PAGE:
Florence + The Machine Delivers an Emotional Rollercoaster on “High as Hope”

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Florence Welch is the lead singer of Florence + The Machine.

Jacob Coggshall, Staff Reporter

Florence + The Machine aim for Florence Welch’s most personal and emotional album yet on their discography with “High as Hope.” Overall, the album hits the mark perfectly with deep emotional cuts about Welch’s past and childhood. As usual, her vocals are unparalleled. There is also a solid sense of uniqueness between the songs. However, some tracks are weaker than others and slightly fall short.

“High as Hope” is a major step up from their last project “How Big, How Blue, How Beautiful” which still rose above other artists in the Indie Pop genre, but missed in many categories for most people. In comparison to Florence’s most critically acclaimed sophomore album “Ceremonials,” this project doesn’t quite reach the level of epicness that “Ceremonials” hit.

The album opens with a track titled “June” discussing love and why we all need each other. Some lyrics indirectly mention the Pulse Nightclub shooting, since the tragedy also occurred in June. However, it comes across to be one of the least memorable songs on the track listing. Quickly followed is one of the high points of the album, “Hunger.” This song delivers the message “we are all hurting and striving for something” rather well. She opens the song with the lyrics “At seventeen, I started to starve myself.” This is the type of personal content she delivers consistently throughout “High as Hope.” The anthem “South London Forever” seems to be the blandest song on the album. The vocals and instrumentation aren’t bad by any means, but just seem to be a step below compared to the other songs on the album.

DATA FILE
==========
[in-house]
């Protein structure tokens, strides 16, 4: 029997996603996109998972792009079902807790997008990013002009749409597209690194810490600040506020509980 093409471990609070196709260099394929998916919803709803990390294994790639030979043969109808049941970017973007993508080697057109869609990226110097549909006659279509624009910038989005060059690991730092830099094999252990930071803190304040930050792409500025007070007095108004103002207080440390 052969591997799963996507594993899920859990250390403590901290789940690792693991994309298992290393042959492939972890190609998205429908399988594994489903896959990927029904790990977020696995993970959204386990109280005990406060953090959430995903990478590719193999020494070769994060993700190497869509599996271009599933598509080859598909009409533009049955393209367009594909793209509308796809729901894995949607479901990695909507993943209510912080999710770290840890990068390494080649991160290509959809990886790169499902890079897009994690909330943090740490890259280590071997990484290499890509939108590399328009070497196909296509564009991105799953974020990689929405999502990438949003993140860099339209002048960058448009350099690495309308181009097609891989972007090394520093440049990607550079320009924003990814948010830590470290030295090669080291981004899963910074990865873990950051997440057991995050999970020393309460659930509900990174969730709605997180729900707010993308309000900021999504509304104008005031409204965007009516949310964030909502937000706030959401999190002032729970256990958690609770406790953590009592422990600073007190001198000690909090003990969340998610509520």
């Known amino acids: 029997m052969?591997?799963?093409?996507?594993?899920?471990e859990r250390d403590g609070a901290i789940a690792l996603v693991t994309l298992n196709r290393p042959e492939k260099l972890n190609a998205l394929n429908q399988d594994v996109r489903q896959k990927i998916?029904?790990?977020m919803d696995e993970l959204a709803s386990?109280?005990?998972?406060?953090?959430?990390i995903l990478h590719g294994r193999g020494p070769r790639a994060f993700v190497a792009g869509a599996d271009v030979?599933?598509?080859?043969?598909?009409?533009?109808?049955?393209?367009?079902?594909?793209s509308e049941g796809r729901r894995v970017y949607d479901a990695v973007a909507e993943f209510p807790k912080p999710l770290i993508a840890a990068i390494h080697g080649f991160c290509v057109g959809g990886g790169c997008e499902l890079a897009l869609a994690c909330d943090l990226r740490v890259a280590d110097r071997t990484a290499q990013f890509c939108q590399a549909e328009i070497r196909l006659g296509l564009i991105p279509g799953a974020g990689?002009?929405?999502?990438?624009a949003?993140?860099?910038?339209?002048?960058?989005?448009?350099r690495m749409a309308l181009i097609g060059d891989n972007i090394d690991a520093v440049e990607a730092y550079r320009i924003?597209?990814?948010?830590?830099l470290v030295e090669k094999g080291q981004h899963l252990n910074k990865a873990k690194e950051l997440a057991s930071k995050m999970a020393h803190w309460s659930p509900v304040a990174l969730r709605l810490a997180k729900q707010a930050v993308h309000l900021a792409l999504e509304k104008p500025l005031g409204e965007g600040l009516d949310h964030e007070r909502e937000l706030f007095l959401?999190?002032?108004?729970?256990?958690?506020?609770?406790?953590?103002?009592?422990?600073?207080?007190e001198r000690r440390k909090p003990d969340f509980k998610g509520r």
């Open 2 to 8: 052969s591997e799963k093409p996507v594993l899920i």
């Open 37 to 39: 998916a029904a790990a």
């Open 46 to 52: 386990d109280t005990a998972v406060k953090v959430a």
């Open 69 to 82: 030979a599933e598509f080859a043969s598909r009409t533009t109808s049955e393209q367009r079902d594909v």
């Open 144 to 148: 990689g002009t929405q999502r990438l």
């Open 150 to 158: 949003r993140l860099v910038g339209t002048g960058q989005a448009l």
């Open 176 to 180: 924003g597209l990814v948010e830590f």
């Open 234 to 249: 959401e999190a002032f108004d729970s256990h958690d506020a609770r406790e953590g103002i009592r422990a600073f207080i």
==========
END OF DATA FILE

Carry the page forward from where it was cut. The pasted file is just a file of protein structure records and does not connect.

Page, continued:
The next stand out track is a heartfelt, piano-driven ballad “Grace.” Welch talks about her relationship with her sister Grace and it’s almost structured as an apology letter to her. Keyboardist and pianist, Isabella Summers really shines in this track with beautiful backing piano. The album ends on a major high with “No Choir.” The track starts with the line “And it’s hard to write about being happy. I find that happiness is an extremely uneventful subject.” The song is where the album’s emotional effect truly peaks and is an excellent conclusion to the project.

Overall, “High As Hope” is a truly beautiful album and is one of Florence’s best yet. I would give the album an 8.5/10. Florence + The Machine doesn’t quite reach the level of  “Ceremonials” with this effort, but still is certainly memorable.